Resolution - Break Into the Local Music Scene
Jason Marrow, a 41-year-old Oxon Hill resident, has done most of his piano playing at church. But he's determined that 2009 will be the year he breaks into the local music scene.
Louis Scherr has three words for Jason Marrow: "Get out there."
"The only way to wade in that I know of is, you go out and make yourself known," says Scherr, who runs DCJazz.com, a Web site dedicated to the local jazz scene. "You find people whose music you like, you introduce yourself and try to jam with them."
That seems like a leap, but note that Scherr doesn't say it all has to be done in one night. The first step is to start hanging out in clubs that play the kind of music you dig: Spots such as Twins Jazz, Bohemian Caverns or HR-57 are great for jazz lovers. Jammin' Java, DC9 and Iota, meanwhile, showcase a wide variety of genres.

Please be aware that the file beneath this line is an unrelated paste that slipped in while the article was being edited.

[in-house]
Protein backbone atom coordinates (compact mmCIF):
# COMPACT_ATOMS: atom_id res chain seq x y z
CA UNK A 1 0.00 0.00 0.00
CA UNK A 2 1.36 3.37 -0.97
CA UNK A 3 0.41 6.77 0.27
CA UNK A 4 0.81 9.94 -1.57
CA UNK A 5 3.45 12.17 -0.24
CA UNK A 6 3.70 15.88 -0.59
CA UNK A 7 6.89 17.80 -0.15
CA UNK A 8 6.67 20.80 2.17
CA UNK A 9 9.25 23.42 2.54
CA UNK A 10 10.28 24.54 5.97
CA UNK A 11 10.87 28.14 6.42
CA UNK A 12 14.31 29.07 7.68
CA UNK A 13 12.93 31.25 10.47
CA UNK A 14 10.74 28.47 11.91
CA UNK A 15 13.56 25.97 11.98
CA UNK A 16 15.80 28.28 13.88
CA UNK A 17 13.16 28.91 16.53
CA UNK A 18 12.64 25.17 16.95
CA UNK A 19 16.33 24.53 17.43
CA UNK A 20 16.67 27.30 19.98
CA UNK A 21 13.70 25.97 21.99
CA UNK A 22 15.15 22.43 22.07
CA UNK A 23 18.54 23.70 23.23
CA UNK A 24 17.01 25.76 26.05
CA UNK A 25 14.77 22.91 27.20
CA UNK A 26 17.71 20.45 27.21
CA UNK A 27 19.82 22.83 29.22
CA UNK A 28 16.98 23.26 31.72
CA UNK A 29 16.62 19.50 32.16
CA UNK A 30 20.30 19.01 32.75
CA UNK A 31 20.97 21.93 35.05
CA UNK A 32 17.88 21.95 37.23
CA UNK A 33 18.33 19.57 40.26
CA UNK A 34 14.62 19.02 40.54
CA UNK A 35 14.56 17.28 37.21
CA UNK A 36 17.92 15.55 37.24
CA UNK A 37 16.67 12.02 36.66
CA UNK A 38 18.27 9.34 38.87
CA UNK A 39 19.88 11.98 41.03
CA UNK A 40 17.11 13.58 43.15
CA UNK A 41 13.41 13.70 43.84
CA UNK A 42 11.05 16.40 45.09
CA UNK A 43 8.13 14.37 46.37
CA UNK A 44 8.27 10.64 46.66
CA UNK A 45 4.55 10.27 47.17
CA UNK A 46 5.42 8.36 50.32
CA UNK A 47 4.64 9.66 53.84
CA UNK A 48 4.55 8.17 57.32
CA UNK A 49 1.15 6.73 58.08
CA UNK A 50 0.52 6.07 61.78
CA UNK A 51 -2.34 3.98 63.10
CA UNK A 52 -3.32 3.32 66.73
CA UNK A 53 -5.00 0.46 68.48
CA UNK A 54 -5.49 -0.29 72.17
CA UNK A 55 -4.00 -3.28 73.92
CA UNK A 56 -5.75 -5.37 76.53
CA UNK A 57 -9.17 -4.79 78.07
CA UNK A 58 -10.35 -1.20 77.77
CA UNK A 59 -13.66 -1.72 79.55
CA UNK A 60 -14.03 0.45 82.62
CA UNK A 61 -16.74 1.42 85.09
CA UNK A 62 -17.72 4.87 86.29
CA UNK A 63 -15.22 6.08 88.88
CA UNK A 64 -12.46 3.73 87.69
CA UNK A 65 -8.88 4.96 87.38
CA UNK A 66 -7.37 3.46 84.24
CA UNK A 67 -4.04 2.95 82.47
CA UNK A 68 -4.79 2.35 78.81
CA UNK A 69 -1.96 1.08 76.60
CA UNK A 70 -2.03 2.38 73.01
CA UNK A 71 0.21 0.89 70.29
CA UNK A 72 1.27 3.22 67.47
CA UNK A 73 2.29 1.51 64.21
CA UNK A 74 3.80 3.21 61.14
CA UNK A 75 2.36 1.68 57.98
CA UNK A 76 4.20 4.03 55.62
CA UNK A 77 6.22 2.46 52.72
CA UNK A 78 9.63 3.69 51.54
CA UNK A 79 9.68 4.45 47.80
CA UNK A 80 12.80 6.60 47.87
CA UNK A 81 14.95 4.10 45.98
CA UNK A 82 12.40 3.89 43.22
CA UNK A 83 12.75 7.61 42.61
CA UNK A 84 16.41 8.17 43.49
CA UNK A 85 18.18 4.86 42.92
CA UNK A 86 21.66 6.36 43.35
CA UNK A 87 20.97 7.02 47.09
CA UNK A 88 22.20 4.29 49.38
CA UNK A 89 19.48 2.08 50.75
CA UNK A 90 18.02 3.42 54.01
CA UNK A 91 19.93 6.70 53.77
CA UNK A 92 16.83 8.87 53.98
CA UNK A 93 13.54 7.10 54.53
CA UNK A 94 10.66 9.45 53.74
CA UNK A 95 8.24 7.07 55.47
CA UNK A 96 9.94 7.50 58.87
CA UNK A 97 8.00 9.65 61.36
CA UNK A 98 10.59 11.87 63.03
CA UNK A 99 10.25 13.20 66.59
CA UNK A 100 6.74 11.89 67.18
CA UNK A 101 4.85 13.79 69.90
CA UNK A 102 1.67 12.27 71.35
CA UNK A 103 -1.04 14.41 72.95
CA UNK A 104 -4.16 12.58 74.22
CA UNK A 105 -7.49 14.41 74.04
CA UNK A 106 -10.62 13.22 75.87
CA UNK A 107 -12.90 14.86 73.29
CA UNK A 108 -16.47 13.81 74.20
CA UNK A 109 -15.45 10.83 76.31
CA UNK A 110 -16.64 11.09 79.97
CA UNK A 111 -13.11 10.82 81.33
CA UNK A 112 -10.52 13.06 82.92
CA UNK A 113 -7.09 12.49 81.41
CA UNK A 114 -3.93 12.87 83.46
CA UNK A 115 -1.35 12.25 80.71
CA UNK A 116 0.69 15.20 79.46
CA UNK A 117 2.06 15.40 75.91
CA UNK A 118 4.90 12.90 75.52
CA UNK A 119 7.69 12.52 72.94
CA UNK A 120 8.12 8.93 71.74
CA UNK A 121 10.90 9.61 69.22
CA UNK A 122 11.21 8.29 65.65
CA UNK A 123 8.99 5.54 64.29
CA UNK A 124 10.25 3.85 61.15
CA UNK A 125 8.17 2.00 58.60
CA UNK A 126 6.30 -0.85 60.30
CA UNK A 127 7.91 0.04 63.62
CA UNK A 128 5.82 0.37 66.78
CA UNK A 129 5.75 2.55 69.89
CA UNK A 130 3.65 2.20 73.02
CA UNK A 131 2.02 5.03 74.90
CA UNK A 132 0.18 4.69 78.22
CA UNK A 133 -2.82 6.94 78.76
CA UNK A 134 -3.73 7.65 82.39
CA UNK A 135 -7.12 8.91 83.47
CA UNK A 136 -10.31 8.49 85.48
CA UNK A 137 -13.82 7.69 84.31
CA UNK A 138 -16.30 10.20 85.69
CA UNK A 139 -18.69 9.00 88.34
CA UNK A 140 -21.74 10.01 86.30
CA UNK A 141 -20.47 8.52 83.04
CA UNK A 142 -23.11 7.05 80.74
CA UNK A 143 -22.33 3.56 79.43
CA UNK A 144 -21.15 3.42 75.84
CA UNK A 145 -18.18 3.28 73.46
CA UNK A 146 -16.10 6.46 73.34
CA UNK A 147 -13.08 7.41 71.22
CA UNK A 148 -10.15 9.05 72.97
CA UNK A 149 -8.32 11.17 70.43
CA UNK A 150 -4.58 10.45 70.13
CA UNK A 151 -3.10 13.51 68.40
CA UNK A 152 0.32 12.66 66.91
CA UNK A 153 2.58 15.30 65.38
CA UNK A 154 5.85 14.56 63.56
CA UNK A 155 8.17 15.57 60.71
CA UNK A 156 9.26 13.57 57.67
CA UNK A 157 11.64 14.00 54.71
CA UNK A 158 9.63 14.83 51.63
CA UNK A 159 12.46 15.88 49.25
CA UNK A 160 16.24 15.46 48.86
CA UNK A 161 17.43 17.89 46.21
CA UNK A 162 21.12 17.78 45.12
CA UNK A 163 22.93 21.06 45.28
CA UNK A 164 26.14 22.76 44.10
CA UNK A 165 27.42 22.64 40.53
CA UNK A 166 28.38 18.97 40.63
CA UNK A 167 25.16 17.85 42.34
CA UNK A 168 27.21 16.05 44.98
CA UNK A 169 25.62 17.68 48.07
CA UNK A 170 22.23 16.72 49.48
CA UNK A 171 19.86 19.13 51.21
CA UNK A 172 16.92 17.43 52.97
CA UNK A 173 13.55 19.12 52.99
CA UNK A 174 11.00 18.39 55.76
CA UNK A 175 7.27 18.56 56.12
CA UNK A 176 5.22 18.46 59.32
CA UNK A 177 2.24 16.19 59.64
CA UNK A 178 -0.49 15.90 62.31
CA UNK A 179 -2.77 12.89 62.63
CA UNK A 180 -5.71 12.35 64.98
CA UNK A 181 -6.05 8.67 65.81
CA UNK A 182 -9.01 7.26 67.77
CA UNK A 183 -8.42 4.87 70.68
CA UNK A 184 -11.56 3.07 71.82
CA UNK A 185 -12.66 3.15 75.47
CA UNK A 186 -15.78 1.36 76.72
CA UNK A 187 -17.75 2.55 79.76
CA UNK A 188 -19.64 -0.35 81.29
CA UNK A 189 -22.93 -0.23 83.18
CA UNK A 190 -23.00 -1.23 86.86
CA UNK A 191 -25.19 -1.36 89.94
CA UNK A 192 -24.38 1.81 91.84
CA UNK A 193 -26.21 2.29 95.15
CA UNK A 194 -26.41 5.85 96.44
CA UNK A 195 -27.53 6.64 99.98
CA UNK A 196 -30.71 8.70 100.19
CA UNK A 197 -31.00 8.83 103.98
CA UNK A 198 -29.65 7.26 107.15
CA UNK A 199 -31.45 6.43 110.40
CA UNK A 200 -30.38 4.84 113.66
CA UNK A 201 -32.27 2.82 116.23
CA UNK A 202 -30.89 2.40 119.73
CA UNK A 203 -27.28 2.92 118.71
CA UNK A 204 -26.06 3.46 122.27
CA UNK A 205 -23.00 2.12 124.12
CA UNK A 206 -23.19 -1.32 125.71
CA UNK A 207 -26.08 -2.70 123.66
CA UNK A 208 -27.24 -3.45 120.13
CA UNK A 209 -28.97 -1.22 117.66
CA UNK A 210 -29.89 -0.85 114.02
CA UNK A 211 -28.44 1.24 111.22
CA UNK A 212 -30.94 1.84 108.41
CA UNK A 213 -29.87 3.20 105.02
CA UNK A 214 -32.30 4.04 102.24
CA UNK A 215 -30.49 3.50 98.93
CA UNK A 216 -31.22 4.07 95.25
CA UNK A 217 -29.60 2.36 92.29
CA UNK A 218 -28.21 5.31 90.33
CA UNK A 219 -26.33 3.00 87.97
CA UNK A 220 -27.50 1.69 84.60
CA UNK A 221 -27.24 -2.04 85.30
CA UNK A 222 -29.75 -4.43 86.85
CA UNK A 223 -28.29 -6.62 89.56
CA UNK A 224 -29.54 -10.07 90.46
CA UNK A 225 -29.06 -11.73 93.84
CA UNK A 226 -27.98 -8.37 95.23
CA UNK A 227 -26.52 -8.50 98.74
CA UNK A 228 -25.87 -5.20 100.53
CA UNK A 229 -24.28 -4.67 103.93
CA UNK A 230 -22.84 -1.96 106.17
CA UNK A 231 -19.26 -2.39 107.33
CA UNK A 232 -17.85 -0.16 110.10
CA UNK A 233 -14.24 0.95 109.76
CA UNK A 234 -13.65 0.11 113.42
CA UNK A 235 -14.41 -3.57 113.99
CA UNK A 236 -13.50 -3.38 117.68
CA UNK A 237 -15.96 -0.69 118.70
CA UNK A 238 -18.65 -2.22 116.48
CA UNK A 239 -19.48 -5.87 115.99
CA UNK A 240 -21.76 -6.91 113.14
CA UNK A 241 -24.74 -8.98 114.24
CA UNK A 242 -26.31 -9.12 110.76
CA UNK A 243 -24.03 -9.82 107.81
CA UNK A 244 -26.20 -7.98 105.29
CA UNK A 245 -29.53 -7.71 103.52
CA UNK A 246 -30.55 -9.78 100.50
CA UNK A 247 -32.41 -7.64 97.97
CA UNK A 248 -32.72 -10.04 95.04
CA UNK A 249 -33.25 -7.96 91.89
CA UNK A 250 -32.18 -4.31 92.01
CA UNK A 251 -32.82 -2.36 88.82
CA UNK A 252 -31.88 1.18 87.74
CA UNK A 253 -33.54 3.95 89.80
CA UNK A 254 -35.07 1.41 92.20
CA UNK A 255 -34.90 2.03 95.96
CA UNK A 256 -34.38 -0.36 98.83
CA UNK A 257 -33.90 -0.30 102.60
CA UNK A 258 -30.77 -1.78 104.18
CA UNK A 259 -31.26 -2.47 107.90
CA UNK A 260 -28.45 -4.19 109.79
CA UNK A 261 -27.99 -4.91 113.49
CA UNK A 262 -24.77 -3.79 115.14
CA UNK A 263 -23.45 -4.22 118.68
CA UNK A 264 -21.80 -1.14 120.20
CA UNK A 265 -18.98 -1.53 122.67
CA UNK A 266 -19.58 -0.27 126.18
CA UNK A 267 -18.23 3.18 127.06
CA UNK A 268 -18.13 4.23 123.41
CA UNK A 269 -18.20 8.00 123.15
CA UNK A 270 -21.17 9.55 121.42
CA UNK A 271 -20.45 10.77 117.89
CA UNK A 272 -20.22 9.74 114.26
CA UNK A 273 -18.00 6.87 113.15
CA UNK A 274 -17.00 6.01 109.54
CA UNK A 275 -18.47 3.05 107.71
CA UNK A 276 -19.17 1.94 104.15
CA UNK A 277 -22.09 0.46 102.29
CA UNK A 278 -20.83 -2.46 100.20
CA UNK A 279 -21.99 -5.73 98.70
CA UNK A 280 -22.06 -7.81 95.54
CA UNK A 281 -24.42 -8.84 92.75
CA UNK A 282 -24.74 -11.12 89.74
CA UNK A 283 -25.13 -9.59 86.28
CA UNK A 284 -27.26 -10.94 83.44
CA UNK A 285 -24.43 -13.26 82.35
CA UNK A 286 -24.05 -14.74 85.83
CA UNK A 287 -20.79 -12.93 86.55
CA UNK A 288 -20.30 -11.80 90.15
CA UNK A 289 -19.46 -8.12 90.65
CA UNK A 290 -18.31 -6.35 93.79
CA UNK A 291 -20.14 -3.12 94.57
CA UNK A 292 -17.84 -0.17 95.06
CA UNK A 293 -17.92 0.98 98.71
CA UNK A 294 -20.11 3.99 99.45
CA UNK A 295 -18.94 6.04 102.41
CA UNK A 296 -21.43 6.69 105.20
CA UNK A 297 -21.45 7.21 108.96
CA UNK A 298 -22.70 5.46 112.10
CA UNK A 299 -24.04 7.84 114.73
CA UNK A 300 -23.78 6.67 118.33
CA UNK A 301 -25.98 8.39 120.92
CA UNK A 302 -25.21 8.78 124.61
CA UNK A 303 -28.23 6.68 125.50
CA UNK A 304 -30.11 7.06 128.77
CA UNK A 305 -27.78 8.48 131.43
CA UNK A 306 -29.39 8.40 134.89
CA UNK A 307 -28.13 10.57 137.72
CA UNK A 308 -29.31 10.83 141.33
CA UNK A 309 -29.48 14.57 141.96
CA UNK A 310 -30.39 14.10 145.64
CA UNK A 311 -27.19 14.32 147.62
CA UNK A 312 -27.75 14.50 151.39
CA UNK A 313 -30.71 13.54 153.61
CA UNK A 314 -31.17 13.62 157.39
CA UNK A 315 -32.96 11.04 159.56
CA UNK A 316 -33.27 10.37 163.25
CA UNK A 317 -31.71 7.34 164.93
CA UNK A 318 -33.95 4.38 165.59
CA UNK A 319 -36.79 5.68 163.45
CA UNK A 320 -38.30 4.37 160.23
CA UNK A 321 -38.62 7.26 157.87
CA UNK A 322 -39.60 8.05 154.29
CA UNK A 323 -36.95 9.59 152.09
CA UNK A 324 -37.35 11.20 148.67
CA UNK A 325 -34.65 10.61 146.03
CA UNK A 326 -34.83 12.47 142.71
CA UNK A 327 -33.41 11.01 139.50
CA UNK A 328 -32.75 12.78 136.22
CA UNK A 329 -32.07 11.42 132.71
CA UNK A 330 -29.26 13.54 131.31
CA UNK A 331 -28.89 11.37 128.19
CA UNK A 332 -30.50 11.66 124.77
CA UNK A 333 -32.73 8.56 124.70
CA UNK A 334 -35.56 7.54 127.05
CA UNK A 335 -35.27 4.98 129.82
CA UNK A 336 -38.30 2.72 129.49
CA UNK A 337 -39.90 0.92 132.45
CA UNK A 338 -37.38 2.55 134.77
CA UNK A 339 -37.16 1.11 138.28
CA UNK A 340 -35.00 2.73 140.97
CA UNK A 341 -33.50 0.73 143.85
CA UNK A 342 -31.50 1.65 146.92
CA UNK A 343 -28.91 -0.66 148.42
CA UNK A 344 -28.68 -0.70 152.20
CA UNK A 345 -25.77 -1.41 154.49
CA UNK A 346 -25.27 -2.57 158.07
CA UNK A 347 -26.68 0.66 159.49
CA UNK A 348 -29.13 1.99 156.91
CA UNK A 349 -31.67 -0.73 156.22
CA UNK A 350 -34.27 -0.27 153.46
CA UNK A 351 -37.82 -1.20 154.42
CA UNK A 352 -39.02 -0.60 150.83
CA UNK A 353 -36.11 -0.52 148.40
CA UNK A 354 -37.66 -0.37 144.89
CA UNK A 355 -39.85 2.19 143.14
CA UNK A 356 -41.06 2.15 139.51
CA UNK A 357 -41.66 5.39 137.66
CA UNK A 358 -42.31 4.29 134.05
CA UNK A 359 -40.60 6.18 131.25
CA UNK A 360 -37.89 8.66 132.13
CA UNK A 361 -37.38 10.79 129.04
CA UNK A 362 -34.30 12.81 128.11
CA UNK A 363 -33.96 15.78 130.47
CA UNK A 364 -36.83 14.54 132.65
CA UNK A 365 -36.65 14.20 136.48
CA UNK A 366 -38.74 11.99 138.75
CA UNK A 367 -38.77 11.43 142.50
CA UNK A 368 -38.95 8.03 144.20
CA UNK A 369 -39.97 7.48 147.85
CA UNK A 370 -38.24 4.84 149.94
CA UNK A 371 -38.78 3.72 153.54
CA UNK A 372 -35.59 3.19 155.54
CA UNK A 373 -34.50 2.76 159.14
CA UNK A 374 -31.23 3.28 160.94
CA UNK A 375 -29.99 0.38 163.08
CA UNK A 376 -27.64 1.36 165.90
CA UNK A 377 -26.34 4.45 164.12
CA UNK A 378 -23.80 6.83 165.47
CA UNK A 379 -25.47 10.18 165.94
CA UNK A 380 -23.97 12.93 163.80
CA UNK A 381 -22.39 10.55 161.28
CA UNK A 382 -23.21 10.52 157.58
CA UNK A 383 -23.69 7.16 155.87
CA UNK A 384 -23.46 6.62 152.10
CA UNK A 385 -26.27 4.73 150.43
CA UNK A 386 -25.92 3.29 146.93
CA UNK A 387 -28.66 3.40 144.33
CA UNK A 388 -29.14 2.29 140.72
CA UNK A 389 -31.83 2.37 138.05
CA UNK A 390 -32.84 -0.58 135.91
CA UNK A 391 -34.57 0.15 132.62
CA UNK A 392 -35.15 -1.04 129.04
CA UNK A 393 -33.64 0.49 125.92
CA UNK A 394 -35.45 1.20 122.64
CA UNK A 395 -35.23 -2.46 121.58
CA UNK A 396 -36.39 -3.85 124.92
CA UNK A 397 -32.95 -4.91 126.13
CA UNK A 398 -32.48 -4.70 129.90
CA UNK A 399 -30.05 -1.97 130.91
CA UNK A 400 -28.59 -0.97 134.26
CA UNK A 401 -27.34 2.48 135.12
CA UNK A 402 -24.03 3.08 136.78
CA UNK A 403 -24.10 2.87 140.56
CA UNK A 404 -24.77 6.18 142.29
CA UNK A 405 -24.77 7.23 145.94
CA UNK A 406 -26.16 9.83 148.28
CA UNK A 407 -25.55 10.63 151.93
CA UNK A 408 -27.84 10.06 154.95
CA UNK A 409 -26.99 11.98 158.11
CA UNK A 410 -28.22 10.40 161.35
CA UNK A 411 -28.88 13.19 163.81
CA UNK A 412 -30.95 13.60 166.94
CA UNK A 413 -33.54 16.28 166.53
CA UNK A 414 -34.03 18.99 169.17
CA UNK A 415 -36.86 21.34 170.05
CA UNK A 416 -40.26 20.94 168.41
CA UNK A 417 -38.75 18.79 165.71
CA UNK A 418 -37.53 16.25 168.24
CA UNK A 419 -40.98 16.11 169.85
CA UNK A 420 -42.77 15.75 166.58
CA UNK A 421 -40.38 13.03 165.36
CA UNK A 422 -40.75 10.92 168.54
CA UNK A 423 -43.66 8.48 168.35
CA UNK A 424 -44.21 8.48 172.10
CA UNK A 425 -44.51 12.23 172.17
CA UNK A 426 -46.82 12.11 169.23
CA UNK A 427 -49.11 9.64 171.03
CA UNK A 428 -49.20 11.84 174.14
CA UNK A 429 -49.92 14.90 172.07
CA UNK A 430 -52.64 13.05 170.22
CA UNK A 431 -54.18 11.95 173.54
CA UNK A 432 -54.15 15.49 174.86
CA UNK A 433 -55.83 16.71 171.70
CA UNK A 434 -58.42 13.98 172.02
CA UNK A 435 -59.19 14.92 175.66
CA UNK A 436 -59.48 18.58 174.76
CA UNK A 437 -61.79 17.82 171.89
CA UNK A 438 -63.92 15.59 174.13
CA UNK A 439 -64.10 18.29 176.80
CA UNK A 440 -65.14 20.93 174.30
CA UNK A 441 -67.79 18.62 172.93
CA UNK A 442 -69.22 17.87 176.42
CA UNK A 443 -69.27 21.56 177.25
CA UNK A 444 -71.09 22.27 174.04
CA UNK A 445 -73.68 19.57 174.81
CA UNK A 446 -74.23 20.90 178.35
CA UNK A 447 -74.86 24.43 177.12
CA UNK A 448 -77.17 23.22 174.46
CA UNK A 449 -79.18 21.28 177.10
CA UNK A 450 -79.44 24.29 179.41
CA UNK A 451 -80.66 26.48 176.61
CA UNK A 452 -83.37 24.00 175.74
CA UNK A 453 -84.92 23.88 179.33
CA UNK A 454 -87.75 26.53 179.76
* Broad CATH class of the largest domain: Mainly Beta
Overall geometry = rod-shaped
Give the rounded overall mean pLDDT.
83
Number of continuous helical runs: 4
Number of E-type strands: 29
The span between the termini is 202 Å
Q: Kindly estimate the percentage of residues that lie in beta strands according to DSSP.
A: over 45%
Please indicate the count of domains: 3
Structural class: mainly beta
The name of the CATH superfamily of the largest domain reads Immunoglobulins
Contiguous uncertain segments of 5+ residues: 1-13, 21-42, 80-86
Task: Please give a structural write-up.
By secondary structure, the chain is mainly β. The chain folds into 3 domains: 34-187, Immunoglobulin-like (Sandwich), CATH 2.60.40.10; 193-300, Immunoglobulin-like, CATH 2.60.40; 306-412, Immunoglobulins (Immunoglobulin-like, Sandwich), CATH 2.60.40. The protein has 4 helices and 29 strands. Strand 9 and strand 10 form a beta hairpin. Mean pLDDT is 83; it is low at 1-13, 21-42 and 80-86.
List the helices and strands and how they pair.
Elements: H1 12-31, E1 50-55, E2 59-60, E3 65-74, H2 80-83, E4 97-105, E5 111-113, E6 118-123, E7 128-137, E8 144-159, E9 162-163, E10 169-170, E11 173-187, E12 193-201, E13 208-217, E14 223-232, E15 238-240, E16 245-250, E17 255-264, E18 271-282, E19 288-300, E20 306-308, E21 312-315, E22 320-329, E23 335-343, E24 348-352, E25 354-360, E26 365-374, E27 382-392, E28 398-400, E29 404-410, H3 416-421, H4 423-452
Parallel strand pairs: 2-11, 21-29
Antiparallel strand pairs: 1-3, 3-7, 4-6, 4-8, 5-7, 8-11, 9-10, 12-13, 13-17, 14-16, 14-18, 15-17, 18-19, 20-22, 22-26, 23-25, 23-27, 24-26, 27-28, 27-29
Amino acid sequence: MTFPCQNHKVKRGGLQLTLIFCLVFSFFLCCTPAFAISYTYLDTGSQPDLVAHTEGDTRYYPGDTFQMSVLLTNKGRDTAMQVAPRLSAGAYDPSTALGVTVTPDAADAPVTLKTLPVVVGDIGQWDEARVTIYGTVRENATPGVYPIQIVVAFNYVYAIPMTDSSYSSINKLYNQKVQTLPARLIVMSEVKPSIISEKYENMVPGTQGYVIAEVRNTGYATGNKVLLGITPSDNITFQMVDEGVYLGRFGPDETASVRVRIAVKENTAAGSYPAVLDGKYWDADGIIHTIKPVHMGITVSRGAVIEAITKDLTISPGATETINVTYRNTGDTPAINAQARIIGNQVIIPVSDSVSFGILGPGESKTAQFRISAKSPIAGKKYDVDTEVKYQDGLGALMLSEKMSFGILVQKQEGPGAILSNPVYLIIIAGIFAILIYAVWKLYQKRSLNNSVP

Scherr suggests making a recording (even if it's a simple, homemade track) so that up-and-coming musicians can share something of their style with veterans they meet on the scene. And a Web site with snippets of songs has become the modern-day musician's calling card, he adds.
Scherr says that once musicians with regular gigs know what a new kid on the block can do, they'll often be invited to sit in on a set. Newcomers can also look for open-mike nights at favorite venues where anyone with their name on the list can get up and play a song.
But Scherr's main point is the best one: No one catches a break by sitting at home.
-- Ellen McCarthy